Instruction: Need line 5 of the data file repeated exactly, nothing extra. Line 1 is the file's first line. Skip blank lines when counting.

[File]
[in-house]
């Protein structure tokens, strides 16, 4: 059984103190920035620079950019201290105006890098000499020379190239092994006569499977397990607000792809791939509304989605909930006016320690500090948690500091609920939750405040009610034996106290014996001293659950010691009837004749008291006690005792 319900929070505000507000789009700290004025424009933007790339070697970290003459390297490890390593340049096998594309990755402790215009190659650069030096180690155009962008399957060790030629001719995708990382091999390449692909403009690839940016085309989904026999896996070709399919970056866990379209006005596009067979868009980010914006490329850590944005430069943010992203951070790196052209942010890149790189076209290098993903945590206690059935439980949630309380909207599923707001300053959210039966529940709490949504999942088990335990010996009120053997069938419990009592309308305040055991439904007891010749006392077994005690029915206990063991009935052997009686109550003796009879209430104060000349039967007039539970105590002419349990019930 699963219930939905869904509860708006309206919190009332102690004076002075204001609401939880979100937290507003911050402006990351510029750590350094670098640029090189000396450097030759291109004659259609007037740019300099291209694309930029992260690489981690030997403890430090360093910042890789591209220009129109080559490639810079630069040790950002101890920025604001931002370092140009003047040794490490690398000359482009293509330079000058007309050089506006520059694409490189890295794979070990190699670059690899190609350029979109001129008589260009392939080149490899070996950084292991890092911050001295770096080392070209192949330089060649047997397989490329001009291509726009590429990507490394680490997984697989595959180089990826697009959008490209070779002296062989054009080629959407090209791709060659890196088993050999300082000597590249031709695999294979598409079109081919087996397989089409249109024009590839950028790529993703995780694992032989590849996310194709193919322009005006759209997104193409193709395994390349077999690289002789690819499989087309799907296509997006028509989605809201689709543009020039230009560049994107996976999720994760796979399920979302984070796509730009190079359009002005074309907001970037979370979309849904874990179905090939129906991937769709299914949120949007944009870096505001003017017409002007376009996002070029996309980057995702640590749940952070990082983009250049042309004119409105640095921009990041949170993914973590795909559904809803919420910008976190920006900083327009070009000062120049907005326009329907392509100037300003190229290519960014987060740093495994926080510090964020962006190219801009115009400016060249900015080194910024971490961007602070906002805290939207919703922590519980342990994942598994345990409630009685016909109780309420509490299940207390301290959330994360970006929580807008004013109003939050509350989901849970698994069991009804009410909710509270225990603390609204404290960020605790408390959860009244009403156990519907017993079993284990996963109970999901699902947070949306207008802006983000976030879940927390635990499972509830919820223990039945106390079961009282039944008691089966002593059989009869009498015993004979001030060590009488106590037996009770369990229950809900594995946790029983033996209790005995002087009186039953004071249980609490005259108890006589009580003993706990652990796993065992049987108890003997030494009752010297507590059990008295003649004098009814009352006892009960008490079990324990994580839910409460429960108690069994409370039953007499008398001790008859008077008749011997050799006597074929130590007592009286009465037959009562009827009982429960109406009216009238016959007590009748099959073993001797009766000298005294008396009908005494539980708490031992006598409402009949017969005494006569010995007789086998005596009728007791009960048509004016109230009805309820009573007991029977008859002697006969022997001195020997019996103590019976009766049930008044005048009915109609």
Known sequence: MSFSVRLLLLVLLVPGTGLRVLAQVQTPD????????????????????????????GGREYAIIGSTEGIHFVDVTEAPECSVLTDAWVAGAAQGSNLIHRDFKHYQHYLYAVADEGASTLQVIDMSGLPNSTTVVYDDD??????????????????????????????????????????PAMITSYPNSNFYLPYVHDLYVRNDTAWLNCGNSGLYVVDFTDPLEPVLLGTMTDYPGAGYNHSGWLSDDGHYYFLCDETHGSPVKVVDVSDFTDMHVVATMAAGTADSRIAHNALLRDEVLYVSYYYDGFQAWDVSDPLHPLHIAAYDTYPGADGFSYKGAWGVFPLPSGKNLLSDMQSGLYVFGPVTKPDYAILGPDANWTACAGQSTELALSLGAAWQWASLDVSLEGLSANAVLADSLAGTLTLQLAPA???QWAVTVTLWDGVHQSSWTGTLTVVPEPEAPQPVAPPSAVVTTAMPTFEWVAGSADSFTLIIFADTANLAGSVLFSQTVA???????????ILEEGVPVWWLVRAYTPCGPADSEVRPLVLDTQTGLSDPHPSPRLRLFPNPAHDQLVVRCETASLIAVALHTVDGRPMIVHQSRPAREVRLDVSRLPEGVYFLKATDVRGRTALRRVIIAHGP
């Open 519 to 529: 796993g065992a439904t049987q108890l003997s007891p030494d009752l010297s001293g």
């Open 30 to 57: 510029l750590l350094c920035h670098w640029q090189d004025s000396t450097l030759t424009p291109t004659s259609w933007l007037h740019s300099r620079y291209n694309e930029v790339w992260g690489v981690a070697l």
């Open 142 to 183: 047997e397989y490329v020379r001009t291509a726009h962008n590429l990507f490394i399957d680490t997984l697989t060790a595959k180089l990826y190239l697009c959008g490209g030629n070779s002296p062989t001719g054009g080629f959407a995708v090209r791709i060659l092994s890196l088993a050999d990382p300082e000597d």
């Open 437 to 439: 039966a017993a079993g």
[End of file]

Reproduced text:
């Open 30 to 57: 510029l750590l350094c920035h670098w640029q090189d004025s000396t450097l030759t424009p291109t004659s259609w933007l007037h740019s300099r620079y291209n694309e930029v790339w992260g690489v981690a070697l």